In my Animal Physiology class, I have several Pre - Med students that at first just can't seem to understand why we have not learned more from the bears. Why with such possible human benefits has bear hibernation been more well studied, causes identified, and cures for humans developed? The answer is relatively simple, bears just don't make good laboratory subjects and are not easy to get to in the field. A wild bear will not allow you to visit several times to take the samples that are necessary to solve such complex questions. They have tried with captive bears as well, but they are still large and powerful, and not really tame in the sense of a dog. Plus captive bears often change their physiological status due to continued interruptions, and captive bears often go through a much lighter torpid or hibernation phase, or if well fed, don't go into hibernation. As more sophisticated micro electronic sensors that can be implanted in animals are developed, researchers may be able to learn much more about how bears can do things that other animals, including humans, can't.
So there is literally a wealth of information to be gleaned from even a torpid or hibernating bear.
I went for a scouting trip to Bosque del Apache in December for just a couple days but was very happy with the images I took in such a short time. It was crowded as the week before Christmas is a popular time for many of the tours but my fellow photographer and long time friend Bruce Taubert had an excellent time. Birds are back at the major roosting pond for the evenings and the magnificent fly outs, not in huge numbers as they are roosting in other ponds as well, but it still made for a nice fly out. The sunrises were spectacular as you can see below. The colors there never cease to amaze me and I slightly desaturated the images below as the red was overwhelming. There were approximately 65,000 geese there, 7,000 sandhills, and over 40,000 ducks of various species. As usual the northern pintails were the most numerous. The fly in to the major roosting pond by the sandhills was different than I have ever seen it before and it provided some great opportunities for flying birds. They were coming in from the east so you could set up on the west shore and get some excellent shots with the front of the cranes completely illuminated by the softer late afternoon light. I was dissapointed I only had one afternoon to shoot them in this light, but I still have many photos to process so I should not complain. Bruce and I headed to Albuquerque where he met his tour group and we all went to the zoo to shoot wood ducks, many to choose from at quite close distances as usual. The next morning I skipped the zoo in search of an area I might be able to photograph flying wood ducks and was lucky enough to find a few. Shooting flying birds is always tough and these little guys average around 45 miles per hour. I was able to get a few landing that I'm happy with but just didn't have the time to get a side view. I had to get back to work and make a Christmas shopping stop in Gallup which both my wife and son appreciated less than a week later.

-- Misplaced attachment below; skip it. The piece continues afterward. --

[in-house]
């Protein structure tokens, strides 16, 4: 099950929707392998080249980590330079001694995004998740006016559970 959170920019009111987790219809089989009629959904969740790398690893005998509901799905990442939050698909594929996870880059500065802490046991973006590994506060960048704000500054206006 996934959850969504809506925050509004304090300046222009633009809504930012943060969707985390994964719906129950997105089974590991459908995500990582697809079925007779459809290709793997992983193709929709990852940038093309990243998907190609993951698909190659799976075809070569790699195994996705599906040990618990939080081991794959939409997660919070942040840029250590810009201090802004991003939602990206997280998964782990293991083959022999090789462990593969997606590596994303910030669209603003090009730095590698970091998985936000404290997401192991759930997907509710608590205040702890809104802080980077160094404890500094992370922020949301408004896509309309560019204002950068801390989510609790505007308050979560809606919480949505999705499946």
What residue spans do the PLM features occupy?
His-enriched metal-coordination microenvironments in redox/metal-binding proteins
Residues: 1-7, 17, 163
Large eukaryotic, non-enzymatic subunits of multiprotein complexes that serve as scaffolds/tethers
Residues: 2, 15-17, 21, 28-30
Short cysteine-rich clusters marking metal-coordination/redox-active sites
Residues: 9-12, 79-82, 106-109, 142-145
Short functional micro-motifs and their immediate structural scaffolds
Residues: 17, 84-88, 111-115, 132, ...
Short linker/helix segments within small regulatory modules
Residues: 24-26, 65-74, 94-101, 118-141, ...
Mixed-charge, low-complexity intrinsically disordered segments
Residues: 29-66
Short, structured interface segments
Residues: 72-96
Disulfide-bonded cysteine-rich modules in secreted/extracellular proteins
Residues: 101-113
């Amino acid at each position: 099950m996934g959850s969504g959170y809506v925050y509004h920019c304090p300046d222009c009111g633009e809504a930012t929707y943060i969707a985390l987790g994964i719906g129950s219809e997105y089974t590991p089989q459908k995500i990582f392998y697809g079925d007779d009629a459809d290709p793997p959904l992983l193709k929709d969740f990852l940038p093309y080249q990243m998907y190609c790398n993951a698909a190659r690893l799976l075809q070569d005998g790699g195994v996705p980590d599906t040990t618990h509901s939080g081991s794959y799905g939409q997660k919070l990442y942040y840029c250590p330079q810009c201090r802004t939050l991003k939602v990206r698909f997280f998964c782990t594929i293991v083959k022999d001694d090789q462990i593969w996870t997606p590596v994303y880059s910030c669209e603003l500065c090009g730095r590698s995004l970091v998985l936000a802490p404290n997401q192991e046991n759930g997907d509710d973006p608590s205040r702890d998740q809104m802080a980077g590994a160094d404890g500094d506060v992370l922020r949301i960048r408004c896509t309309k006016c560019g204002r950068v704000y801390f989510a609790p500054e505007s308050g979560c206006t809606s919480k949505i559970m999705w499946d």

In this new year I have many exciting photo trips lined up including south Florida, High Island in Texas, a few more trips to Bosque, my annual brown bear shoots in AK, back to Colorado for leaf color changes and elk again, and the pinnacle, 6 weeks in South Africa as I design a study abroad class on Wildlife Biology for ASU. I'll also have several local trips lined up. This late winter, early spring I hope to center on waterfowl, smaller predators through calling, and the desert breeding birds as the season is just around the corner. Happy New Year and Happy shooting to you all. I hope you feel as blessed as I do!